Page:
But if we give into it, Paul tells us that the spiritual dangers are serious. Because as we lose connection to the Body of Christ, so we lose connection to Christ himself, the Head. And as we seek superior growth on our own, Paul says in verse nineteen that we remove ourselves from the very place where God has chosen to provide the spiritual growth we need. God, Paul reminds us, gives growth to the Body, and so it is ordinarily only in connection with the Body that we can receive the growth that we need.

As one commentator notes: “It is no shame when a Christian finds that he or she cannot grow spiritually without support and help from fellow believers; it is, rather, a surprise that anyone should have thought such a thing possible, let alone desirable.” [Wright, 129]

There is a logic to the false teachers’ approach. If you want a church to grow spiritually, then you should work to make it an extra-elite church, separating out those who don’t measure up, and distancing yourself from them so they don’t hold you back. And if you’re seeking to grow spiritually yourself, it’s best to pursue it alone, so no one else can drag you down. There is a logic there. But it is a human logic. It is a carnal logic, produced, as Paul says in verse eighteen, by a fleshly mind. For true growth comes wherever God says he will give it. And God has said he will give growth in his Church, united by Christ alone – a Church filled with strengths and weaknesses, with spiritual life and sinful struggles.

And so the third thing we see is that if we are to have real spiritual growth, we must seek it within the Body of Christ.

That means worship with the Body is crucial to our growth. That means relationships within the Body are essential. We are not just to smile at one another on Sundays and say cheerfully that we are doing well as we sip our coffee. We are to be, Paul says, knit together. That means intimate connection with others – relationships in which we discuss and wrestle with real spiritual truths from the Scriptures and real spiritual struggles from our own lives.

You need to think seriously about what that means for you. And we, as a church, need to think seriously about what that means for us, and how we should together approach the task of bearing one another’s burdens and building one another up in Christ, as a community.

But one thing we cannot deny is that if we want spiritual growth, we must seek it in connection with the Church, the Body of Christ.


The temptations Paul identifies here are to add to the core of the Christian faith – whether adding new elements, or treating lesser issues as essential.

But Paul tells us here that the truth is that when we do this we are subtracting. We are subtracting Christ from our spiritual lives, by making him share the royal and unrivaled status he is supposed to have in our lives and in his Church.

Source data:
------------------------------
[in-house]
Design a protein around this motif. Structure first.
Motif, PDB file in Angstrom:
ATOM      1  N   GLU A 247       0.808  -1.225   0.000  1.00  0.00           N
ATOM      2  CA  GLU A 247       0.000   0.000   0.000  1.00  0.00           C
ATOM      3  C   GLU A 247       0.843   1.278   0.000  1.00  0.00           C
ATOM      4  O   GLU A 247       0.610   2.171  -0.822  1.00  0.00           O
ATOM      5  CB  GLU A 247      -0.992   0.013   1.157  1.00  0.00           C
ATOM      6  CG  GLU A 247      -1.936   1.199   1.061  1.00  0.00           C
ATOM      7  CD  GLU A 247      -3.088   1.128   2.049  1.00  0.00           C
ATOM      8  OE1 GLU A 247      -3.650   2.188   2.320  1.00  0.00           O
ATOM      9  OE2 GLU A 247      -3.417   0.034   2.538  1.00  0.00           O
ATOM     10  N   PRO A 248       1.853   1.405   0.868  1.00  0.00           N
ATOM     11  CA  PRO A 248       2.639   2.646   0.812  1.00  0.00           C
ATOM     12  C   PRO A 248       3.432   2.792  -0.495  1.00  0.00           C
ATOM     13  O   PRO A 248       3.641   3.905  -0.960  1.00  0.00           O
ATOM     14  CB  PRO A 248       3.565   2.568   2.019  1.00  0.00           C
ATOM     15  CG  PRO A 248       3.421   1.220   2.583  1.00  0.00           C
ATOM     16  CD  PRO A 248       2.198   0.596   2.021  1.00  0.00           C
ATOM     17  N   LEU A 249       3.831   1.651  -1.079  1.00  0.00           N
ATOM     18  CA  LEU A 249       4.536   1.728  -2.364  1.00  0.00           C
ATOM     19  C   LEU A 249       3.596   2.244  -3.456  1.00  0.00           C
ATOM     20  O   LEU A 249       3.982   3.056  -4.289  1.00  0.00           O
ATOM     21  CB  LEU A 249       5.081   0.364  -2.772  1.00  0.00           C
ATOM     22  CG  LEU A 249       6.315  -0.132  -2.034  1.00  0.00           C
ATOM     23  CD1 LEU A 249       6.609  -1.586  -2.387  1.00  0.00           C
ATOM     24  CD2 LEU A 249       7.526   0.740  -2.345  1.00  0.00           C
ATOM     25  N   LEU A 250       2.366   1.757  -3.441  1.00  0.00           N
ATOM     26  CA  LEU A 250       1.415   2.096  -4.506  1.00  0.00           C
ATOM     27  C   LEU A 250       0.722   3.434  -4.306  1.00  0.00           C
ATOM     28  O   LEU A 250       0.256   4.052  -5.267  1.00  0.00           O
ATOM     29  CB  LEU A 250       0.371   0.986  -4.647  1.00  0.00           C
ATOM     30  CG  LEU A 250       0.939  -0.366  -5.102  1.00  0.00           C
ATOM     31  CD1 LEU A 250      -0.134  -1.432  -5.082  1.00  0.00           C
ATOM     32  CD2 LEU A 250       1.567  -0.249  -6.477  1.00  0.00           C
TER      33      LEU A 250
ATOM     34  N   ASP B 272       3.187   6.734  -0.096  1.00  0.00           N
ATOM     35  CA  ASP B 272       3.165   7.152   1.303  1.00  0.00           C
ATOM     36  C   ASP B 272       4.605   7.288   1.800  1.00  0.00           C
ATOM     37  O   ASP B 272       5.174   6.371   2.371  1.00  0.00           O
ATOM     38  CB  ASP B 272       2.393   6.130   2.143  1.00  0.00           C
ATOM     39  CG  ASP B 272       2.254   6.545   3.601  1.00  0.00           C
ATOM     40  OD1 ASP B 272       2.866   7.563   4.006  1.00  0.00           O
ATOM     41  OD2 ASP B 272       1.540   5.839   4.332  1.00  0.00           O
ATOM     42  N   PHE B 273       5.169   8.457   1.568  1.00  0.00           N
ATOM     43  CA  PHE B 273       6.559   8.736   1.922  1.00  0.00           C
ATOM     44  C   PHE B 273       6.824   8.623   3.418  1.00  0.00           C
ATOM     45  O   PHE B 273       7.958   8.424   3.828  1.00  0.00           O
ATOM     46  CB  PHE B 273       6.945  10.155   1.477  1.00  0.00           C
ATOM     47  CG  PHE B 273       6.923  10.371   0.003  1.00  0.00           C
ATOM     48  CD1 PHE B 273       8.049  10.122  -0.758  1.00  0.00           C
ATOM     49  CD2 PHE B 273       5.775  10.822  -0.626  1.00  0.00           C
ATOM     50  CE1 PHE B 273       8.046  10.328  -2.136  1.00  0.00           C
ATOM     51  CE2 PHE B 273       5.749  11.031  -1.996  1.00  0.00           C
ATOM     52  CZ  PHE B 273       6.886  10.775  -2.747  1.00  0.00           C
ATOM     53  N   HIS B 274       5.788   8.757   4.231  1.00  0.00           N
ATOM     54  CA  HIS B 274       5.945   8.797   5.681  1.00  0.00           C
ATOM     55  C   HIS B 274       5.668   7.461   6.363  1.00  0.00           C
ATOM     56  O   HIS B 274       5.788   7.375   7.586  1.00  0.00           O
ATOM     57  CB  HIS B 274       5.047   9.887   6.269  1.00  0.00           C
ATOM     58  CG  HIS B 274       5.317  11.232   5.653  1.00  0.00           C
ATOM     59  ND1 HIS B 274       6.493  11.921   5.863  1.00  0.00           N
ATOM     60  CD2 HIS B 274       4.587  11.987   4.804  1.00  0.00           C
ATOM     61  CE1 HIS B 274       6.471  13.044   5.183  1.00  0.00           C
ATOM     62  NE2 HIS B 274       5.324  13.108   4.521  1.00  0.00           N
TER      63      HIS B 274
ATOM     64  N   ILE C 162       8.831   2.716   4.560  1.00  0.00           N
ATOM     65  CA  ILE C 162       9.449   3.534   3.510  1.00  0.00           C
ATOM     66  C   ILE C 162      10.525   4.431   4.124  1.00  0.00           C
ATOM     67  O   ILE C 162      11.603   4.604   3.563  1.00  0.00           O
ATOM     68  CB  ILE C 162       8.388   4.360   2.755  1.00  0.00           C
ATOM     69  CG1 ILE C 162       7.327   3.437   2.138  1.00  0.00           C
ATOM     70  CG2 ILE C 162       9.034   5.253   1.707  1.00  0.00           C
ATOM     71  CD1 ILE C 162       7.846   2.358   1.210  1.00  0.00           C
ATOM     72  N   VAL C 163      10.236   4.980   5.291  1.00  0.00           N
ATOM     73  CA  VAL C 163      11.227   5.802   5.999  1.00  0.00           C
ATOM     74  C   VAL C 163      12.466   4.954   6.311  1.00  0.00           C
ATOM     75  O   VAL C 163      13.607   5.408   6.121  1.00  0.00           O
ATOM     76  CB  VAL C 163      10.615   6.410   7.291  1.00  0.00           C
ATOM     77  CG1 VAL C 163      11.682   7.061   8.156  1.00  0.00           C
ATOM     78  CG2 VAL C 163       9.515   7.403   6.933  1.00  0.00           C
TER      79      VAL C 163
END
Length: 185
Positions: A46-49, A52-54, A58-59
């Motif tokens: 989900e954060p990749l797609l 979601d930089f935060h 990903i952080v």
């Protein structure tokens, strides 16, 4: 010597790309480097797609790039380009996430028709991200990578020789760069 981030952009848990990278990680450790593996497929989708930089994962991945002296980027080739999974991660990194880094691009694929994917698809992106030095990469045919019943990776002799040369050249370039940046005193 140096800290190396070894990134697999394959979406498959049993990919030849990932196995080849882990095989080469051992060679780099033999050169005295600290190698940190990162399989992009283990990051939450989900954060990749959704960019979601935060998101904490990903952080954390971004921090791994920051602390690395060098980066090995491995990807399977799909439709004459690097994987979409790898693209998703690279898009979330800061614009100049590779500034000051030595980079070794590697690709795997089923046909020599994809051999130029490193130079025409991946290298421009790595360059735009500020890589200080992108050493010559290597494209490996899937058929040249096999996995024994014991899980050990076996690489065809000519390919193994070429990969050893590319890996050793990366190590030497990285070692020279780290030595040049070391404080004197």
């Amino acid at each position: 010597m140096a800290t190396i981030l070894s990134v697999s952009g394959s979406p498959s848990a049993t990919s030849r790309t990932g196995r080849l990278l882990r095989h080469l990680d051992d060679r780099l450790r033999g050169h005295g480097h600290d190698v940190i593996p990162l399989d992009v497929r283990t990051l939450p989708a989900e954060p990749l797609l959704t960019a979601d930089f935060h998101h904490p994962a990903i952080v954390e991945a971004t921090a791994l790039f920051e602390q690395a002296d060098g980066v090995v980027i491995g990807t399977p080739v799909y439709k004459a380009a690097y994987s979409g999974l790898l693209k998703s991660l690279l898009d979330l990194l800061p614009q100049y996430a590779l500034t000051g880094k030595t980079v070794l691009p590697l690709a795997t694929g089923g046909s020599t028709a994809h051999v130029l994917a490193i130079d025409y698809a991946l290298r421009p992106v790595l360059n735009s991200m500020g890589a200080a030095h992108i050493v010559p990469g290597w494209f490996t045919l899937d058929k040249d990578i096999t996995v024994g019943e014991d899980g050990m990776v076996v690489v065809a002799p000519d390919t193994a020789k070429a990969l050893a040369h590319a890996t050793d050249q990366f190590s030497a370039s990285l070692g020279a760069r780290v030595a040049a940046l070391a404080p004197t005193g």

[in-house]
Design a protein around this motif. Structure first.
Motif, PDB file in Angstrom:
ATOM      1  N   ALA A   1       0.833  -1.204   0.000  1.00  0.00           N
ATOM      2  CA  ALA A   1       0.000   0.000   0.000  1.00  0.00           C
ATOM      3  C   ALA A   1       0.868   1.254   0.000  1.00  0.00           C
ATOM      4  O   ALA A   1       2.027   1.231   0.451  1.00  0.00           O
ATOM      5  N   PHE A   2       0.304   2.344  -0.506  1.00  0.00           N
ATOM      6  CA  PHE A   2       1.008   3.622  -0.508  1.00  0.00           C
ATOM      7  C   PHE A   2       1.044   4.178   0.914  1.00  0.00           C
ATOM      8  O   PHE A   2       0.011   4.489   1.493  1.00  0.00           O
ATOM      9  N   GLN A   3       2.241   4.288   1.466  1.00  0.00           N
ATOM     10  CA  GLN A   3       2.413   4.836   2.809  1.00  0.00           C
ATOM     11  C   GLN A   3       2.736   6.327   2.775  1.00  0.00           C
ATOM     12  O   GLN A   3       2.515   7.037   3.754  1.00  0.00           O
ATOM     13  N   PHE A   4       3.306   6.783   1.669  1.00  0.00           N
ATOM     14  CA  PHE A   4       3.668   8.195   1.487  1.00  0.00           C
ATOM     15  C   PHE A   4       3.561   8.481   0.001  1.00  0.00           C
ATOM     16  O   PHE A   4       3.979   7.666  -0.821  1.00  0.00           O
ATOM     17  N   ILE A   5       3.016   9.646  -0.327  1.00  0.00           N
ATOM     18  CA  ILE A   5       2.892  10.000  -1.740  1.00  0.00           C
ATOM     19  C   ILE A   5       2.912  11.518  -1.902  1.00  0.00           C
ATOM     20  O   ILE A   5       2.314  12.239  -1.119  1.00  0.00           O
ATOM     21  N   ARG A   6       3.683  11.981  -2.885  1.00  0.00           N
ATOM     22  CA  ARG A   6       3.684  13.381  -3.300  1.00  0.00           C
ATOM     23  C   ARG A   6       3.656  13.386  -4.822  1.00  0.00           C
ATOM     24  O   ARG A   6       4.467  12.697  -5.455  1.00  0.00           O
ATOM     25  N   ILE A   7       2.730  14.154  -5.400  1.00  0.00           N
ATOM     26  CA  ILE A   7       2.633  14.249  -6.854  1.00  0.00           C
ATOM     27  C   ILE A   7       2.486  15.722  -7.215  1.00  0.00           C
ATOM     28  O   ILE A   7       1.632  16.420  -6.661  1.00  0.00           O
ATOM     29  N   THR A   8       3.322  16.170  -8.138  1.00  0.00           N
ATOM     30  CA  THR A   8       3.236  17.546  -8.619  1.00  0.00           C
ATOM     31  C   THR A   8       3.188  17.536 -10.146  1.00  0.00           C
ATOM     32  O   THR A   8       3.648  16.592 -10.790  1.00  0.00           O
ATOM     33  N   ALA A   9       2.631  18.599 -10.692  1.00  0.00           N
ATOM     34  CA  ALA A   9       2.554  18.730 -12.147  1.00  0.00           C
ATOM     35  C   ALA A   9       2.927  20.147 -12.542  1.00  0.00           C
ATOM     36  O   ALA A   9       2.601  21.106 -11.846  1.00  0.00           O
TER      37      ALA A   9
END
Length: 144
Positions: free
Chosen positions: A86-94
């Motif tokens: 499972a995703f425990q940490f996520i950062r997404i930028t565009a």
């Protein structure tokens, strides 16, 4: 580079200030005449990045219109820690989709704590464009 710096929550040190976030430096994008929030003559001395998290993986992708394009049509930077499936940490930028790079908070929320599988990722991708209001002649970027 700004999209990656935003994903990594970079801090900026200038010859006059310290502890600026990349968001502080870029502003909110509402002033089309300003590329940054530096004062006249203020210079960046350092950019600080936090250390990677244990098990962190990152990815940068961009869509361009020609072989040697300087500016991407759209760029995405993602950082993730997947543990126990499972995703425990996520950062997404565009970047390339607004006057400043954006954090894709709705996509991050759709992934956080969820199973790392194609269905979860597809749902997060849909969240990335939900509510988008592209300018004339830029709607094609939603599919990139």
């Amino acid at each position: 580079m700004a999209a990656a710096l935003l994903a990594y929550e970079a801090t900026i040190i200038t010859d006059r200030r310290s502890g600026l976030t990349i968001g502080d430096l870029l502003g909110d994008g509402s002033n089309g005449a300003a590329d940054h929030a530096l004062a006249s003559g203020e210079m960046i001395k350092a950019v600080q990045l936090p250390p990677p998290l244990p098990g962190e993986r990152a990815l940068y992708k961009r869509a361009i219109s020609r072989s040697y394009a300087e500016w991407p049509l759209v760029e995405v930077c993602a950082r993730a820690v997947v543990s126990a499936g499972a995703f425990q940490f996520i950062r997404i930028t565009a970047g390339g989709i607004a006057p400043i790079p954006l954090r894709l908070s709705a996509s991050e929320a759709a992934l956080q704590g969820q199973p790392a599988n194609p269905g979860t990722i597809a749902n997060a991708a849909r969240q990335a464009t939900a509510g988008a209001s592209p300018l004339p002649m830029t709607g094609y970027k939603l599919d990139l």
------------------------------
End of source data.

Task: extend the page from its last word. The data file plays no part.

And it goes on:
The temptation is addition. The truth is subtraction.

At the same time, when we make these additions, we often feel superior to those who don’t make them. We feel more elite, more rigorous, more traditional, more conservative, more committed.

But the truth, Paul says, is that we become inferior. We give our prime allegiance to shadows instead of to the substance they are meant to point us to. We look to our feeble selves for direction and life, instead of looking to Christ, the true Head. We try to grow on our own, without the Body through which God has ordained life.

The temptation is to a sense of superiority, but the truth is that we become inferior.

And so the temptation is a lie. It is a deception. It might feel spiritual, but it is at heart carnal. And it is a temptation for us that is at least as much a threat as those worldly temptations we can more obviously see coming.

Paul’s answer to this threat throughout our text is simple: Cling to Christ.

Recognize that he is the substance of your life, and give him priority over everything else.

Recognize that he is the head – he is your authority and the only source of life.

Recognize that his Church is his Body, and you need his Body to have life, whether you can see it or not.

The substance of Christ, the headship of Christ, the Body of Christ. That is what we most need.

Compared to that, everything else is a shifting shadow.


This sermon draws on material from:

Beale, G.K. Colossians and Philemon. Baker Exegetical Commentary on the New Testament. Grand Rapids, MI: Baker Academic, 2019.

Garland, David E. Colossians/Philemon. The NIV Application Commentary. Grand Rapids, MI: Zondervan, 1998.

Launius, Roger D. Apollo’s Legacy: Perspectives on the Moon Landings. Washington, DC: Smithsonian Books, 2019.

Moo, Douglas J. The Letters to the Colossians and to Philemon. The Pillar New Testament Commentary Series. Grand Rapids, MI: Eerdmans, 2008.

Wright, N. T. Colossians and Philemon: An Introduction and Commentary. Tyndale New Testament Commentaries. Downers Grove, IL: IVP Academic, 1986.